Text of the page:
Why employers need to consider their holiday policy

Under the Working Time Regulations 1998 you are entitled to 5.6 weeks holiday a year (including bank holidays) however if an employment lawyer has been used for drafting the contract it is fairly standard that you are not allowed holiday to be carried over from one year to the next. If your employer is rather lax about it and allows you to do it then you might be in for a bumper pay day if you were to leave their employment a judgement has hinted at. Although please bear in mind that this decision was within the Employment Tribunal and as such the judgement is not legally binding but can be used to advised the panel in a Tribunal.

The case of Marriott v Nottingham Mencap resulted in the Claimant being awarded over £4000, a considerable amount for holiday pay that no claimant nor employment lawyer should sniff at. In the case in question the Claimant was made redundant from her employment and despite being paid in lieu of notice she was never actually paid any holiday pay from her employer on her termination.

It was discovered that under custom and practice she was able to carry over her holidays from one year to the next as due to the role that she worked in she was not able to take all of her holiday during the appropriate year. There was information in her handbook which said that employees should take their holiday in the appropriate year however there was a caveat which explained that carry-over was allowed at the discretion of the line-manager.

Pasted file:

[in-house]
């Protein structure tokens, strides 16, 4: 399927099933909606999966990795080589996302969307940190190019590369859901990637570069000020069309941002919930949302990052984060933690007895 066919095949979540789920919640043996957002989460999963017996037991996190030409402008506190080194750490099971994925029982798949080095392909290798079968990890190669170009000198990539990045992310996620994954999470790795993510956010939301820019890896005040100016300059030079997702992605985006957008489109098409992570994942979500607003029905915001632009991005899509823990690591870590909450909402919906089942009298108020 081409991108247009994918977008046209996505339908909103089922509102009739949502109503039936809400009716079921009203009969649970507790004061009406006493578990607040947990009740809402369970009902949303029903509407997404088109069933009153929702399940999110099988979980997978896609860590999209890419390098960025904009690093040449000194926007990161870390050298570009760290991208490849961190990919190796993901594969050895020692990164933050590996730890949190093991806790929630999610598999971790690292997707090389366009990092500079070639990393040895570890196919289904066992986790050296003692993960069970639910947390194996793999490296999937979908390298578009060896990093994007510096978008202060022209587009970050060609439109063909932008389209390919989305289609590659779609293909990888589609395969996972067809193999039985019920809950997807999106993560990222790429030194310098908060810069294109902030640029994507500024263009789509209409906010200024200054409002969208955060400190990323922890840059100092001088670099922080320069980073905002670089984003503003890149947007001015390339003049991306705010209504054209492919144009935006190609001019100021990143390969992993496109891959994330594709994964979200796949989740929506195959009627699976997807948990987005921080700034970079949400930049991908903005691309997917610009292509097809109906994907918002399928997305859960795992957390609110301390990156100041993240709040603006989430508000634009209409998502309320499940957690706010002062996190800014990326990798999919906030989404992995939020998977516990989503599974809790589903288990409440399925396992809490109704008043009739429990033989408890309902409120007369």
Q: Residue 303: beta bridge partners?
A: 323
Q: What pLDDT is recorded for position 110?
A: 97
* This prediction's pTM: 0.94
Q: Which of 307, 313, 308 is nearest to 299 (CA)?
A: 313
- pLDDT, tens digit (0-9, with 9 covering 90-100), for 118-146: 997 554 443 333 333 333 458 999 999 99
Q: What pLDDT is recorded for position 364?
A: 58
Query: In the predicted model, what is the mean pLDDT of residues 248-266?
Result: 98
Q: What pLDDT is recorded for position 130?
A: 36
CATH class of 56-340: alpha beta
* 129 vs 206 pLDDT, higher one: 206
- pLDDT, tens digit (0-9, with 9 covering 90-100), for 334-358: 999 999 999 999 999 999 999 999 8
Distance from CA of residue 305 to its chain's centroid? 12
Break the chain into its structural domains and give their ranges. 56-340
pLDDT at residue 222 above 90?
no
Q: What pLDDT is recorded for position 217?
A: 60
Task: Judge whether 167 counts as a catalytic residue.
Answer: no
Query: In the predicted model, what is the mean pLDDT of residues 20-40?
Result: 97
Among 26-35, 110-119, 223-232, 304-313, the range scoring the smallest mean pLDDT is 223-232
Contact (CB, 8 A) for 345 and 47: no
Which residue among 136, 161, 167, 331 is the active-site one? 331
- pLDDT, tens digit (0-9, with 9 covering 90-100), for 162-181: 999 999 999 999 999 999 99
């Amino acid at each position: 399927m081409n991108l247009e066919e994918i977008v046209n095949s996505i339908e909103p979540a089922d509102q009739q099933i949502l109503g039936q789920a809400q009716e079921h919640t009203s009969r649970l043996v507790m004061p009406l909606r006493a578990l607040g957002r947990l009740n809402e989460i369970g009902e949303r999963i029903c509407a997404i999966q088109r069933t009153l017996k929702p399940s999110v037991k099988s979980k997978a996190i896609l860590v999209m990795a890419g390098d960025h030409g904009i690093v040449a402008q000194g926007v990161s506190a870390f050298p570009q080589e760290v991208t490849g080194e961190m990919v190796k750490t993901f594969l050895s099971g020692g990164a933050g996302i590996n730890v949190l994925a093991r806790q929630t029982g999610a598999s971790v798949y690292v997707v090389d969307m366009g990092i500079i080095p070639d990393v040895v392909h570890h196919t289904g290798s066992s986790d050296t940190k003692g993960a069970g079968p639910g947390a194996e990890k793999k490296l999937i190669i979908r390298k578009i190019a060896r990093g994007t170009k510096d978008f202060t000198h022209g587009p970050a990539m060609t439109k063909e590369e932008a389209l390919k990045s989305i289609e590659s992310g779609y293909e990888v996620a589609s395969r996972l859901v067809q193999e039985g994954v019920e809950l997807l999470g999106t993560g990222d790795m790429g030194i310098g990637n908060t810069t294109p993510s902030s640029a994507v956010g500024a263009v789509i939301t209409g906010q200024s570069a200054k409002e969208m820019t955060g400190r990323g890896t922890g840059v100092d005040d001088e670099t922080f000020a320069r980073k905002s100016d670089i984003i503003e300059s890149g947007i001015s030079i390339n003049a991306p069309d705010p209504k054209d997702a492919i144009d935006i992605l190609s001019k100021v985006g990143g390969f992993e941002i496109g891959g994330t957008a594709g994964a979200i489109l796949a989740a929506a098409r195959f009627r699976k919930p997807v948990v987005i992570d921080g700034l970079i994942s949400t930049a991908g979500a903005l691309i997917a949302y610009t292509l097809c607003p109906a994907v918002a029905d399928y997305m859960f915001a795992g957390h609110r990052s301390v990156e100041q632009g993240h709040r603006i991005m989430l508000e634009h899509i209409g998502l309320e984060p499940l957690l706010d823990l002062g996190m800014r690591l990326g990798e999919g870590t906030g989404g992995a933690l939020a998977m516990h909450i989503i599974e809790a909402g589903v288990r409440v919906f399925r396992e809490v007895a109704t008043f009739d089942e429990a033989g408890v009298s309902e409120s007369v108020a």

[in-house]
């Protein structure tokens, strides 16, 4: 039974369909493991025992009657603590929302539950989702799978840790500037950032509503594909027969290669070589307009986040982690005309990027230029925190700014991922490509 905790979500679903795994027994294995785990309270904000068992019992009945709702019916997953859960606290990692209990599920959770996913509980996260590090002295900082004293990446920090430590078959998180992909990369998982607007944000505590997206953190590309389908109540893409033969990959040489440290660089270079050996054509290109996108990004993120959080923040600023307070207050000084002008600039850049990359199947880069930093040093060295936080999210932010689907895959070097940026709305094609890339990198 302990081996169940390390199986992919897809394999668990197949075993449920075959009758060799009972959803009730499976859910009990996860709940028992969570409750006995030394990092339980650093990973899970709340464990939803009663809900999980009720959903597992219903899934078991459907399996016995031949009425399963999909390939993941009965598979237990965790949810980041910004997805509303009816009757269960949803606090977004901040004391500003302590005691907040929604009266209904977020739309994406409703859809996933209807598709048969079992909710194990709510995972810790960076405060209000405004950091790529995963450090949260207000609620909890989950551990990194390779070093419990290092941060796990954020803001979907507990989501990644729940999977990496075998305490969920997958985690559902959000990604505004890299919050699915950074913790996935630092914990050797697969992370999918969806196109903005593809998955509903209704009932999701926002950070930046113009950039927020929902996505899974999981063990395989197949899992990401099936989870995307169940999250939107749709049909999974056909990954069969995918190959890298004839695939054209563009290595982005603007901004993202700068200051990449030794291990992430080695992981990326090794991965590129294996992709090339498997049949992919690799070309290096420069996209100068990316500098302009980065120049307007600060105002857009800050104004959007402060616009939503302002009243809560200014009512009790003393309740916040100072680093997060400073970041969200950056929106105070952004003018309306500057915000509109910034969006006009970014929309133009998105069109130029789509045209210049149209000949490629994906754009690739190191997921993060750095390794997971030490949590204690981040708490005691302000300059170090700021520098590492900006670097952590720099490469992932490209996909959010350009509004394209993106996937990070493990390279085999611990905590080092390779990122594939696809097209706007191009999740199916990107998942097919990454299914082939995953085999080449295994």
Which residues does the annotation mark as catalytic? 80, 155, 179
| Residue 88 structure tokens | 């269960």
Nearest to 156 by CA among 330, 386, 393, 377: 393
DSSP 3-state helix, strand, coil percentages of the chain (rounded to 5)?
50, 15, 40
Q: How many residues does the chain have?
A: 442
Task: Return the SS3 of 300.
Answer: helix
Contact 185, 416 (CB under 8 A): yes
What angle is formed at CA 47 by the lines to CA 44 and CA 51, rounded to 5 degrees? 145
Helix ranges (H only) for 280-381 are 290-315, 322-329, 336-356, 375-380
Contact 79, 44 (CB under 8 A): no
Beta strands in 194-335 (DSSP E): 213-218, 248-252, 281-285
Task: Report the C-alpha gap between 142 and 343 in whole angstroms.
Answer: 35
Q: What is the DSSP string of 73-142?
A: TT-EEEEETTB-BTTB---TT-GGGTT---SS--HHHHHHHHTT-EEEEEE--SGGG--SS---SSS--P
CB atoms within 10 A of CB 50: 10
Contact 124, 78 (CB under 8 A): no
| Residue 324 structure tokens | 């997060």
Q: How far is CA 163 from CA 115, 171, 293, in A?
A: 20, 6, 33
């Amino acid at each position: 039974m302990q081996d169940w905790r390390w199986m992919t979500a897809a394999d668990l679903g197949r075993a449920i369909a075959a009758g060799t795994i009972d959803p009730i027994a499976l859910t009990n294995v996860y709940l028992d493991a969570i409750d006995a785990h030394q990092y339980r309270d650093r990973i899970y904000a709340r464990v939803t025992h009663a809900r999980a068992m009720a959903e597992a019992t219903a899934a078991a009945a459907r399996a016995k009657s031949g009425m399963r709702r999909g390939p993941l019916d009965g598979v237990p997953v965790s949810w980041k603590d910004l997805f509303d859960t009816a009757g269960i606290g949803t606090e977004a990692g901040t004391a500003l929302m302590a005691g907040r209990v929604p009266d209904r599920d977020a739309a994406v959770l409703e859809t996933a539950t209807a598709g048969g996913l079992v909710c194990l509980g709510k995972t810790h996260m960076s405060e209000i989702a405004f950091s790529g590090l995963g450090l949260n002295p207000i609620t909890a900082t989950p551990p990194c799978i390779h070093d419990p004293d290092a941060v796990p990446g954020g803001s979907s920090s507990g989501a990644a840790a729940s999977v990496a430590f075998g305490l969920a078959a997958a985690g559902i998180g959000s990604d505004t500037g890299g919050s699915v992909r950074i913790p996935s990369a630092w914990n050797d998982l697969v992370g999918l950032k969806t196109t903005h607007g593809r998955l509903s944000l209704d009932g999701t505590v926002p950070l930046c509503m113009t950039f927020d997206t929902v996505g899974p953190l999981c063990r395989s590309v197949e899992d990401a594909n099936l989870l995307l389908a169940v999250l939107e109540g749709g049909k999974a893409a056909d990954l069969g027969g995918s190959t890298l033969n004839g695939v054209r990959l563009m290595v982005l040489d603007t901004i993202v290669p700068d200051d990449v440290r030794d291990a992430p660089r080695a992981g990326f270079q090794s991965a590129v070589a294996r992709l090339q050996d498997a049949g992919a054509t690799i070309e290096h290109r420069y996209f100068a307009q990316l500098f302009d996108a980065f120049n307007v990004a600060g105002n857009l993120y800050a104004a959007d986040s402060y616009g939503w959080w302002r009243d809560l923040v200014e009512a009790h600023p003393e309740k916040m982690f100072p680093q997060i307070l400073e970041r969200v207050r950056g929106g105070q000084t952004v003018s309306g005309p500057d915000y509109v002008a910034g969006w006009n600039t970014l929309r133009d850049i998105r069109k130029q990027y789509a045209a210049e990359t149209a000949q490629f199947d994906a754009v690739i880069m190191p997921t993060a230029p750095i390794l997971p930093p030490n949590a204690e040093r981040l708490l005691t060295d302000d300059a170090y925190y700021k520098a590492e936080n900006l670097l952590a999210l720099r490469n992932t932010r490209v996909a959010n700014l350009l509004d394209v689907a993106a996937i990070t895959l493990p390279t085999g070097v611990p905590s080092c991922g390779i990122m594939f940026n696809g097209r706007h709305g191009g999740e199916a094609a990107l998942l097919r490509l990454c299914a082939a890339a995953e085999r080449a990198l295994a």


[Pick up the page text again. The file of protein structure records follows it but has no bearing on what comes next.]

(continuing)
The Claimant was able to provide evidence that she had carried over holidays from 2009, 2010 and 2011 which resulted in her carrying 30 days over into 2012. The Respondent tried to argue that there was a cap of 18 days carry over but there was no way for them to prove this and as such the Tribunal disagreed with their argument. With the result being that the Claimant was after holiday entitlement calculations awarded 39 days worth of holiday which equated to over £4000.

What next?

If you are an employer and you don’t have a strict holiday policy then it is strongly advised to contact an employment lawyer to discuss your situation further. On the other hand if you are an employee and have been dismissed but you potentially have a significant number of holidays left which you are not being paid for then you have the potential for a successful claim.

As the employee you should bear in mind that you do only have 3 months minus one day from when you should have been paid the money to submit the claim to tribunal but if you do get representation your employment lawyer will ensure it is all done in time. After reading this article you feel that you potentially have a case for unpaid wages/holiday either from the current year or because you’ve carried over holiday from the previous year which your employer has not honoured then please do not hesitate to contact us on [phonenumber]. One of our friendly team of qualified staff will be able to advise you on your potential claim and if they feel you have a case will be able to get you in touch with an employment lawyer.